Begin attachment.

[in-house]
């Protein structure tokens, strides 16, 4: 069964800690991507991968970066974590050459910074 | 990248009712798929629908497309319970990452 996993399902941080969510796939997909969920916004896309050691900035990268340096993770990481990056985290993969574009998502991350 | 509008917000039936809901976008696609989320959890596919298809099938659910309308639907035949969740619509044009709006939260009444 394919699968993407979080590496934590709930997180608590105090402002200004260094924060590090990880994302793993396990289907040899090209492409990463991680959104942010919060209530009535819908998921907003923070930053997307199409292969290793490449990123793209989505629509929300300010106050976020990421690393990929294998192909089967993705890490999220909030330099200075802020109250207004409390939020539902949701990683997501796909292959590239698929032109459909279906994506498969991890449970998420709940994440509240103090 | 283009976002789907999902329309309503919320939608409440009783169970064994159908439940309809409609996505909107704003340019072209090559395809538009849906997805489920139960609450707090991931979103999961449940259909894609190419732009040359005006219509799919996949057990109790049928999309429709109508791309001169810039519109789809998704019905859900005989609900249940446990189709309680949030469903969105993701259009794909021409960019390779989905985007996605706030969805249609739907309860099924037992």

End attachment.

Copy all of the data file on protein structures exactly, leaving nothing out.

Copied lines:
[in-house]
């Protein structure tokens, strides 16, 4: 069964800690991507991968970066974590050459910074 | 990248009712798929629908497309319970990452 996993399902941080969510796939997909969920916004896309050691900035990268340096993770990481990056985290993969574009998502991350 | 509008917000039936809901976008696609989320959890596919298809099938659910309308639907035949969740619509044009709006939260009444 394919699968993407979080590496934590709930997180608590105090402002200004260094924060590090990880994302793993396990289907040899090209492409990463991680959104942010919060209530009535819908998921907003923070930053997307199409292969290793490449990123793209989505629509929300300010106050976020990421690393990929294998192909089967993705890490999220909030330099200075802020109250207004409390939020539902949701990683997501796909292959590239698929032109459909279906994506498969991890449970998420709940994440509240103090 | 283009976002789907999902329309309503919320939608409440009783169970064994159908439940309809409609996505909107704003340019072209090559395809538009849906997805489920139960609450707090991931979103999961449940259909894609190419732009040359005006219509799919996949057990109790049928999309429709109508791309001169810039519109789809998704019905859900005989609900249940446990189709309680949030469903969105993701259009794909021409960019390779989905985007996605706030969805249609739907309860099924037992």